- Alcohol, excessive use of or
- Gallbladder stones or
- Pancreas problems, history of—Use with caution. May increase risk for getting pancreatitis (swelling and inflammation of the pancreas).
- Angioedema (swelling of the face, lips, tongue, throat, arms, or legs), history with this dipeptidyl peptidase-4 (DPP-4) inhibitors—Use with caution. May increase the risk of this condition occurring again with this medicine.
- Fever or
- Infection or
- Surgery or
- Trauma—Use with caution. These conditions may cause problems with blood sugar control.
- Heart failure, history of or
- Kidney disease, history of—Use with caution. May increase the risk of serious side effects.
- Kidney disease, moderate or severe—Use with caution. The effects may be increased because of slower removal of the medicine from the body.
- Liver disease—Use with caution. May make this condition worse.
- Type 1 diabetes—Should not be used in patients with this condition.
Proper use of Nesina
Take this medicine exactly as directed by your doctor. Do not take more of it, do not take it more often, and do not take it for a longer time than your doctor ordered. To do so may increase the chance of side effects.
This medicine should come with a Medication Guide. Read and follow these instructions carefully. Ask your doctor if you have any questions.
Carefully follow the special meal plan your doctor gave you. This is the most important part of controlling your diabetes, and is necessary if the medicine is to work properly. Exercise regularly and test for sugar in your blood or urine as directed.
You may take this medicine with or without food. Do not split the tablet.
The dose of this medicine will be different for different patients. Follow your doctor's orders or the directions on the label. The following information includes only the average doses of this medicine. If your dose is different, do not change it unless your doctor tells you to do so.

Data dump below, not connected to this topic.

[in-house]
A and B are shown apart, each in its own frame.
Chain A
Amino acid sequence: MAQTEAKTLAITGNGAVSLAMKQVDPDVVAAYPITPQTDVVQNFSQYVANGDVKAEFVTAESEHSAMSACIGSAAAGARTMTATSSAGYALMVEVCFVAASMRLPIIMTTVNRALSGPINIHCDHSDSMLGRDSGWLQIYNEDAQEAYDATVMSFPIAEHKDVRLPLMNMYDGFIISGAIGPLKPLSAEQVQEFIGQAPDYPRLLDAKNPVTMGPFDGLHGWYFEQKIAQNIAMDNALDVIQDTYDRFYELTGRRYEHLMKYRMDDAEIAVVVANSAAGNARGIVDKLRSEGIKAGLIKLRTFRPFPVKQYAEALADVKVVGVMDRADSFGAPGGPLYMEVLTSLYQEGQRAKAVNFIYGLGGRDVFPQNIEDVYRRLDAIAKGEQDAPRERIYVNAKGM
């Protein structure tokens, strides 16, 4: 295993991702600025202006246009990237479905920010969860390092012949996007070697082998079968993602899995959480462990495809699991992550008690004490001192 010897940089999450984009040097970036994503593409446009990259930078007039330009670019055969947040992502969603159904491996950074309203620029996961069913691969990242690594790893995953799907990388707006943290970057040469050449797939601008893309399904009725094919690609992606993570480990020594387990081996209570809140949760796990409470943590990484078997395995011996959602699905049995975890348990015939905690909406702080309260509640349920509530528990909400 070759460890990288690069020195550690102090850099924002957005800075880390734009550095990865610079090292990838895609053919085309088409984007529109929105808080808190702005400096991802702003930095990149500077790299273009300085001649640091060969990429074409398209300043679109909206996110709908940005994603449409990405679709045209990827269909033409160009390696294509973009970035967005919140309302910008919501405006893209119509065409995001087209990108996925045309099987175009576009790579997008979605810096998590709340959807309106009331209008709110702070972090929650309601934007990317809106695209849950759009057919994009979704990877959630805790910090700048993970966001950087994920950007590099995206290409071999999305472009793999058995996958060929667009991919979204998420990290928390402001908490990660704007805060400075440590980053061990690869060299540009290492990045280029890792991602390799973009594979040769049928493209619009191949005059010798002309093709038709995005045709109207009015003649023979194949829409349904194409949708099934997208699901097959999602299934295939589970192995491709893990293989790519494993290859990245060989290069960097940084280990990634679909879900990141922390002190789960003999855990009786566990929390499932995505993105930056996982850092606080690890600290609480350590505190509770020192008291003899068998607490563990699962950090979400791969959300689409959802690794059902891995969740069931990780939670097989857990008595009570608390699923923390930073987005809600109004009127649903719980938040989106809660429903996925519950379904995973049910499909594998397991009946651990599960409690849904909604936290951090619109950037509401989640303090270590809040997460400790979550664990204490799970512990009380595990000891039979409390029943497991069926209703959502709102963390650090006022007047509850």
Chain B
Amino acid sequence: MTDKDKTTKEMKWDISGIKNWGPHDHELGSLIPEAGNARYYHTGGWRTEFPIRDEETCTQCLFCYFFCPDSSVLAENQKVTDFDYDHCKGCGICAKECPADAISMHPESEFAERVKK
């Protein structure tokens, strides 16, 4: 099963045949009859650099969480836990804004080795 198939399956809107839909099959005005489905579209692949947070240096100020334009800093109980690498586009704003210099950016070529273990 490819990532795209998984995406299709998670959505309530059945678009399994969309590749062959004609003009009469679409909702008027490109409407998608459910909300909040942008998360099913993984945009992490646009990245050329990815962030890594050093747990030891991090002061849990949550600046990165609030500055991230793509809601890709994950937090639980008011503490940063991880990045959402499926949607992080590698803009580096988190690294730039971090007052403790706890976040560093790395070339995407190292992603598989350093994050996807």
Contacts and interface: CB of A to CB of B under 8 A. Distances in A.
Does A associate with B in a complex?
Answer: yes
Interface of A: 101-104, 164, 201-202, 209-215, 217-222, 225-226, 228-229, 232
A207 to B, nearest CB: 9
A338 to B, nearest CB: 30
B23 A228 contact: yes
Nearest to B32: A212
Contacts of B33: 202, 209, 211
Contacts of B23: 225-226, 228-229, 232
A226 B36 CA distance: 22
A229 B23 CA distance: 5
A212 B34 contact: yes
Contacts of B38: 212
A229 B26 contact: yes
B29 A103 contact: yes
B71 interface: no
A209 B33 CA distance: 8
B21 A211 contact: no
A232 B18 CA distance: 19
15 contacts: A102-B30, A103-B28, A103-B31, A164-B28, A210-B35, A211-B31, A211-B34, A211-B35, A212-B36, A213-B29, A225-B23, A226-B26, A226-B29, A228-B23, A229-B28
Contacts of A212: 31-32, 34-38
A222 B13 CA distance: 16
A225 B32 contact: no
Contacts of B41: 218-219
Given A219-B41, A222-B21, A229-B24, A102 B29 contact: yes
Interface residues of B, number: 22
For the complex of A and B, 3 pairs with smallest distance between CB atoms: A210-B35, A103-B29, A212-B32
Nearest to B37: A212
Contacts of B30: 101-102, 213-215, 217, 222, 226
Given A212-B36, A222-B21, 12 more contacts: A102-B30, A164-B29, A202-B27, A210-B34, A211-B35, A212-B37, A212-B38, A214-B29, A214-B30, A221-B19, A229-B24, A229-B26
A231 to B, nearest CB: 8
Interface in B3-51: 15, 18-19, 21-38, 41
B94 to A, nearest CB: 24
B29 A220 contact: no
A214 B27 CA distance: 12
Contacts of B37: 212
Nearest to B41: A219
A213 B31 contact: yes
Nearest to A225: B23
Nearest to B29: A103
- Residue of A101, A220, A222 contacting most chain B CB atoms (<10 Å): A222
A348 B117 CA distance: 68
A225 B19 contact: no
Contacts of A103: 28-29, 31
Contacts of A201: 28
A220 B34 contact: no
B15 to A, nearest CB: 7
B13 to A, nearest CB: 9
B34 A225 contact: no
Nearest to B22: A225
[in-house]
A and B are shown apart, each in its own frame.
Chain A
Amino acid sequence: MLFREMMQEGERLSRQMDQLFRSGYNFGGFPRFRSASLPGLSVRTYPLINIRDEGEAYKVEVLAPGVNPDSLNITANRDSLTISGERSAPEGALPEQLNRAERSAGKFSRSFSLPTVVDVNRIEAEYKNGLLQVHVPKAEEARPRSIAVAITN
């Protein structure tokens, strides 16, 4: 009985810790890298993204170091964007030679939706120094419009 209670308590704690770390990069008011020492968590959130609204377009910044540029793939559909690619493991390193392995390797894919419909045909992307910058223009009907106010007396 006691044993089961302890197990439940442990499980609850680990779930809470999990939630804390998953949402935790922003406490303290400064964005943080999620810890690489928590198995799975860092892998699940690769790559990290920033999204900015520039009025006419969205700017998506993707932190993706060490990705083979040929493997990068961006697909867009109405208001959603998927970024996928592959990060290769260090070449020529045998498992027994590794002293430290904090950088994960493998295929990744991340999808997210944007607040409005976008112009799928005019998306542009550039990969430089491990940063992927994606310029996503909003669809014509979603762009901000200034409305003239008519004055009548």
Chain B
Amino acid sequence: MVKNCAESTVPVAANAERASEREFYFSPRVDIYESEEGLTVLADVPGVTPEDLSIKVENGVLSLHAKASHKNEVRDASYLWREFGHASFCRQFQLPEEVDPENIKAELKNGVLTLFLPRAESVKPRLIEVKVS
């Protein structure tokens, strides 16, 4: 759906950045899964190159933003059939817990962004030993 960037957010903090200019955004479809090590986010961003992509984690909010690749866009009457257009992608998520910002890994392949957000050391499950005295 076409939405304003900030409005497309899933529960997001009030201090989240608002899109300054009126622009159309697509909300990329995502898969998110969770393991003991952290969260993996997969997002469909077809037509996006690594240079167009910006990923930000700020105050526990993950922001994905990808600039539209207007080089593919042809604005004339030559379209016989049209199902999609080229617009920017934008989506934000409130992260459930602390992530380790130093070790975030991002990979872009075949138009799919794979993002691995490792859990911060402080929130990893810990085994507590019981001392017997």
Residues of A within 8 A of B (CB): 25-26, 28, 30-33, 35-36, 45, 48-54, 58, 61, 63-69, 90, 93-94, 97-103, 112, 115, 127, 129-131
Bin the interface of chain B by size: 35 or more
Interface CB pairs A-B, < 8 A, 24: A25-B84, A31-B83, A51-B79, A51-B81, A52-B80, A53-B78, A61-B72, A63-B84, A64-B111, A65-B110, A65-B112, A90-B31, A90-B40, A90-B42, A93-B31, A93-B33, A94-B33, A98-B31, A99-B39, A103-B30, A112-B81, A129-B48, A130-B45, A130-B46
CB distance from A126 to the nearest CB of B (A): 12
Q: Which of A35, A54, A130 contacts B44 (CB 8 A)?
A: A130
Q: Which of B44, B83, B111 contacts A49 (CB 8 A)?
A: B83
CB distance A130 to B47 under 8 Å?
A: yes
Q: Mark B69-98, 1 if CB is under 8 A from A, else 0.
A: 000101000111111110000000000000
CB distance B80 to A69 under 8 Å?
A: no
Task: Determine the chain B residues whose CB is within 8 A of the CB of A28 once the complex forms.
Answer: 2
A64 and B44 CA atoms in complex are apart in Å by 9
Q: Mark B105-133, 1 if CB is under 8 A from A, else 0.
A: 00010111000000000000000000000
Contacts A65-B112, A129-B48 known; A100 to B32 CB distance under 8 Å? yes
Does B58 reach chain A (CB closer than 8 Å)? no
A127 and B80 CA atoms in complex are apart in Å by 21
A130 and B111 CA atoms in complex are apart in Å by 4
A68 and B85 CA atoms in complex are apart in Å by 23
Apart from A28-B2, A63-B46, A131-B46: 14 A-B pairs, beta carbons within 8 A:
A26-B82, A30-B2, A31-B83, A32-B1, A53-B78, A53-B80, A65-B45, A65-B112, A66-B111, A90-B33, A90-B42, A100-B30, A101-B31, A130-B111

The amount of medicine that you take depends on the strength of the medicine. Also, the number of doses you take each day, the time allowed between doses, and the length of time you take the medicine depend on the medical problem for which you are using the medicine.
- For oral dosage form (tablets):
- For type 2 diabetes:
- Adults—25 milligrams (mg) once a day.
- Children—Use and dose must be determined by your doctor.
- For type 2 diabetes:
If you miss a dose of this medicine, take it as soon as possible. However, if it is almost time for your next dose, skip the missed dose and go back to your regular dosing schedule. Do not double doses.
Store the medicine in a closed container at room temperature, away from heat, moisture, and direct light. Keep from freezing.
Keep out of the reach of children.
Do not keep outdated medicine or medicine no longer needed.
Ask your healthcare professional how you should dispose of any medicine you do not use.
Precautions while using Nesina
It is very important that your doctor check your progress at regular visits, especially during the first few weeks that you take this medicine. Blood and urine tests may be needed to check for unwanted effects.